The Grandeur of the Grand Canyon!
I had never been to the Grand Canyon before.  Everyone always says it, but photos cannot capture the scale, the presence of the place.  The flat, beige desert plateau drops away, sheerly and suddenly, into blushing sandstone, then again, into a verdant river bed.   The clouds cast shadows that roll into the abyss and back up the other side.   It had snowed that morning, and the rim was dusted in white.  Our breath came in clouds and my fingers numbly fumbled on the shutter button.   Once again, I was sad to get back in the Van.   

One of the Tucson Locals.
Now, we're in Tucson, building the new Rocks and Ropes climbing gym.  Well, Cody and the boys are. They're not quite as far along as projected, so there's no work for me as of yet.  But, I'm having a nice time hanging out with Chilly Pepper, our boss's dog, cooking for the guys, taking walks through the neighborhoods nearby, and admiring the local flora.   The plan is to head to Star Valley to spend Thanksgiving with the Harrises, and then it's a big question mark.  But I can tell you one thing...  

We'll be living the dream!  

Tuesday, October 18, 2011

Al Final: Adios, Amigos.

Our trip down here seemed to conveniently section itself for blog posts.  We had about a 10 days to get to know the town.  Then San Pancho days started and we had guests come to visit.  Now the Fiesta is over and we have had about 2 weeks to enjoy our quiet little town.   We can’t believe that we’ll be back to the States so soon.  My internal calendar is all messed up.  Here we are, in July-like heat, enjoying the beach and using up a big bottle of sunscreen, yet, tomorrow, we’ll land in Seattle, nearing the end of October.  Cold weather and crunchy leaves?  Pumpkins?  Early evenings and dark mornings? I know, I know. Woe is me.  I don’t expect any pity from my Wyoming amigos.  How’s the snow out there, guys?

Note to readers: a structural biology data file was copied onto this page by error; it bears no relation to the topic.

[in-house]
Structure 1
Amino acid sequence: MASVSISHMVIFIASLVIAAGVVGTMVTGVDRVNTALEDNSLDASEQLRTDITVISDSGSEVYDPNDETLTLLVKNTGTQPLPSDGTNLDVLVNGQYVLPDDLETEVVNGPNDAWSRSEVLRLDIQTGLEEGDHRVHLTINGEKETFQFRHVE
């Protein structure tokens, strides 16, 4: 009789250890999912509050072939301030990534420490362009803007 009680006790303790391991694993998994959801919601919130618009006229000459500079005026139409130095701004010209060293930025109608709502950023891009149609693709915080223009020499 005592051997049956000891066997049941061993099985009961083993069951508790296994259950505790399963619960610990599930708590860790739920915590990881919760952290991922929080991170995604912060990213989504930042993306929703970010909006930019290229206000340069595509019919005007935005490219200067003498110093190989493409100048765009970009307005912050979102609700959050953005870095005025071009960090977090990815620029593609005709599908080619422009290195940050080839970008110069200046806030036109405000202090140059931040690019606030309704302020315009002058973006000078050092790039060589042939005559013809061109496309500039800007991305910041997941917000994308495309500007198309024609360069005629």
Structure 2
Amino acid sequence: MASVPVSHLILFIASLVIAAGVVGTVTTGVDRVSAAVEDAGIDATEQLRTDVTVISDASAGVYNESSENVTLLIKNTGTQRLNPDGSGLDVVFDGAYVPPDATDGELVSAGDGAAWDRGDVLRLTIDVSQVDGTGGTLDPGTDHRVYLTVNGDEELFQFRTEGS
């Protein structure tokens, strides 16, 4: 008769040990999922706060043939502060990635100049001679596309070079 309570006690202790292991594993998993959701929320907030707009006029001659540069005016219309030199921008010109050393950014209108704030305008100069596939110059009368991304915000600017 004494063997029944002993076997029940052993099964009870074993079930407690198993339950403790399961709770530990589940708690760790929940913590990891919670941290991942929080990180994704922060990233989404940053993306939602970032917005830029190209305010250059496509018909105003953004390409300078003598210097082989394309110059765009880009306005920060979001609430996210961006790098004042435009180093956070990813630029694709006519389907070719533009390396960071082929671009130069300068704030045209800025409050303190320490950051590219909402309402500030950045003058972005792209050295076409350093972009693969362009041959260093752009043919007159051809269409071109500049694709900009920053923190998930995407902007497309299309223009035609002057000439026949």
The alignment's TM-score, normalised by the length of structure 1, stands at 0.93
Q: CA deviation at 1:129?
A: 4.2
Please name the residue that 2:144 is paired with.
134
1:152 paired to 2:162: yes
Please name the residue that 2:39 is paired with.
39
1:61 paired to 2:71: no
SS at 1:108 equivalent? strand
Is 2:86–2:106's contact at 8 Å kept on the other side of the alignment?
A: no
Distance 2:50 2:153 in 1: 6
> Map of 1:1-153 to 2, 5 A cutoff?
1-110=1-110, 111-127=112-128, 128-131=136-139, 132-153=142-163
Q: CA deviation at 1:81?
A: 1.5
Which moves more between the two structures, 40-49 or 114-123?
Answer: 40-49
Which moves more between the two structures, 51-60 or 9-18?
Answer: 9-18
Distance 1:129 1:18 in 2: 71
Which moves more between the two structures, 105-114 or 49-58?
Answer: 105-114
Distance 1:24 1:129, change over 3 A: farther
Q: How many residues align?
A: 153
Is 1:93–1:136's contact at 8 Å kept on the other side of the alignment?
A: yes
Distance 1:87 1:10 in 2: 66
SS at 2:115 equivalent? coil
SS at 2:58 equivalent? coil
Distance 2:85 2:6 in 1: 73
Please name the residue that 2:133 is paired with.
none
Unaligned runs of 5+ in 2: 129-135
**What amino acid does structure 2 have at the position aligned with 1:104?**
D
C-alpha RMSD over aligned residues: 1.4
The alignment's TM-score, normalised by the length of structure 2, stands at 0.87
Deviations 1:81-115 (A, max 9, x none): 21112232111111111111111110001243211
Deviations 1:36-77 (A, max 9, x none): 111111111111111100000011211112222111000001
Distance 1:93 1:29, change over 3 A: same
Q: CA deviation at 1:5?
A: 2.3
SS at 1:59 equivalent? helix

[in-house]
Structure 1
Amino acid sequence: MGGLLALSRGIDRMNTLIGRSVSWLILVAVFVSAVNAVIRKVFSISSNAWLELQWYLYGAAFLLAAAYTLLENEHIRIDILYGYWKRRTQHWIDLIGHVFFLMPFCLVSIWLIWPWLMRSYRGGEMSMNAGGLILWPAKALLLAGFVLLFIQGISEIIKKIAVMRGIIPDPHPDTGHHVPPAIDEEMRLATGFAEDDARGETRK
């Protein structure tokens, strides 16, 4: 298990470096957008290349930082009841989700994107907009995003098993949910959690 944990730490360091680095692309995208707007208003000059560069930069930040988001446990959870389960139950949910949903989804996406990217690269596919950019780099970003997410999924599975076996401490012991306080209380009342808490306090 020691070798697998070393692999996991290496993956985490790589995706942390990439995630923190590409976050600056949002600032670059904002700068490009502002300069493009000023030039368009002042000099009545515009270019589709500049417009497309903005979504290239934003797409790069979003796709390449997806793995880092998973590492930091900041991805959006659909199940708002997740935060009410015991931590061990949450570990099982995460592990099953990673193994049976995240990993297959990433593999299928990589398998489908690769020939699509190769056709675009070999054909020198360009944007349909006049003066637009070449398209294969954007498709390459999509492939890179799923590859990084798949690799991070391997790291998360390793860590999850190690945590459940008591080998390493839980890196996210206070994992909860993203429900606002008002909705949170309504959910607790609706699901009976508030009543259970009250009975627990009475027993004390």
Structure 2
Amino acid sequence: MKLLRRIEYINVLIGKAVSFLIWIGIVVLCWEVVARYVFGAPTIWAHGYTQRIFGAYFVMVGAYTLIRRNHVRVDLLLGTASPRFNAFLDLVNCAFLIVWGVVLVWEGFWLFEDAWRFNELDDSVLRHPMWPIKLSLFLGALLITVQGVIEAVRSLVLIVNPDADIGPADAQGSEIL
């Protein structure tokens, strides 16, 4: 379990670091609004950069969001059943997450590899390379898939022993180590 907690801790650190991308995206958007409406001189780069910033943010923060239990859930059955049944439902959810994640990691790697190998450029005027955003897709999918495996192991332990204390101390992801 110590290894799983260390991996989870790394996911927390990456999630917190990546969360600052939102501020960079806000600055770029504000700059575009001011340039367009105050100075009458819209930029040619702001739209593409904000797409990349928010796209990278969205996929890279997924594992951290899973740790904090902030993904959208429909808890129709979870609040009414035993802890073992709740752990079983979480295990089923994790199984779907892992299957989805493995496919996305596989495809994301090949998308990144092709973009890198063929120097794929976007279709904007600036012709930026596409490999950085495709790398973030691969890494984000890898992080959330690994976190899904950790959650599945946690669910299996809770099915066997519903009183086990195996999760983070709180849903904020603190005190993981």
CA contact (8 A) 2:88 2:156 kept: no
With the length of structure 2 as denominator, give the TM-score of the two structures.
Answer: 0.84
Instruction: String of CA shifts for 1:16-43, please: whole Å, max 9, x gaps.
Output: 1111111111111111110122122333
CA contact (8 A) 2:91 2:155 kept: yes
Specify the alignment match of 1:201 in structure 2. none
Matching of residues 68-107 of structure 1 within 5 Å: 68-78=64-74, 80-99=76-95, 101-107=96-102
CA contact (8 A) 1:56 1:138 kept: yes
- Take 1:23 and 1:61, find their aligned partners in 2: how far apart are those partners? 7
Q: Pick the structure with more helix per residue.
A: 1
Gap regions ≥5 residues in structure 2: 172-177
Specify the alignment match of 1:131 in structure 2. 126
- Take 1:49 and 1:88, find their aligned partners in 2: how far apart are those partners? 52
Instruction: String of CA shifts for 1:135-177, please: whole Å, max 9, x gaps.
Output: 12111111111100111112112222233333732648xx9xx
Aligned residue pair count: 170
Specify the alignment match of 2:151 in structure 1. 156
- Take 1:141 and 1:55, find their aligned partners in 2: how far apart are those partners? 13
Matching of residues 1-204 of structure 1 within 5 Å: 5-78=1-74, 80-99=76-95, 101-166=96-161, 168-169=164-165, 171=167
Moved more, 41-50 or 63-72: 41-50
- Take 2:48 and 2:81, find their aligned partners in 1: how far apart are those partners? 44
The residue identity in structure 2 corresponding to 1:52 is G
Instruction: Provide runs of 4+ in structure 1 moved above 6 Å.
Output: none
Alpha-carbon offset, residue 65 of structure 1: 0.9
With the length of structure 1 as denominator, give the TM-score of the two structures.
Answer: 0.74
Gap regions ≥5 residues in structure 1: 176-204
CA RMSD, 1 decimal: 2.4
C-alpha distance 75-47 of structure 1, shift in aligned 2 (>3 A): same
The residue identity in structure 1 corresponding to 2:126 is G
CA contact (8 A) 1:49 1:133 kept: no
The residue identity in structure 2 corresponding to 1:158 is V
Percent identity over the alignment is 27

A few days after the Fiesta we decided to take a day trip into Puerto Vallarta.  We had been told not to miss the Malecón; an ocean side walk through the old town.  Some of it was under construction, which we were sad to see initially, but when we happened to see men carefully selecting each black pebble to make a mosaic in the new walkway, decided it wasn’t so bad.  It was nice to walk around town, and see the art pieces throughout the city.   We really liked this one, and only a few days earlier we had seen dancers just like this perform in San Pancho.

Catholicism is big part to the culture here; in fact, on the last day of the fiesta the Church served a free lunch to everyone.  Sunday mornings are always sleepy and slow, and families dine together out on the sidewalks in front of their homes in the evenings.  In Puerto Vallarta there are two beautiful cathedrals within a few blocks of each other.  Unfortunately we couldn’t go inside, out of respect for the dress code- my tank top and Cody’s shorts wouldn’t fly.  

La Corona

We had a fun time in Puerto Vallarta, but ran out of patience for the salesmen, who prey on anyone blonde, and decided to take the bus to Marina Vallarta.  The bus system is very easy to use and very affordable.  Busses run often and their destinations are written on the windshields. 

We like to walk the docks in places we go, and the dock in Marina Vallarta was a far cry from the Winslow Warf Marina.   Rather than sailboats and small runabout powerboats, it is full of large power yachts and surrounded by ritzy hotels and restaurants.  We had a nice lunch of Pozole (soup) and Chicken Molé.  The air-conditioned bus ride home felt great, after spending all day in the heat.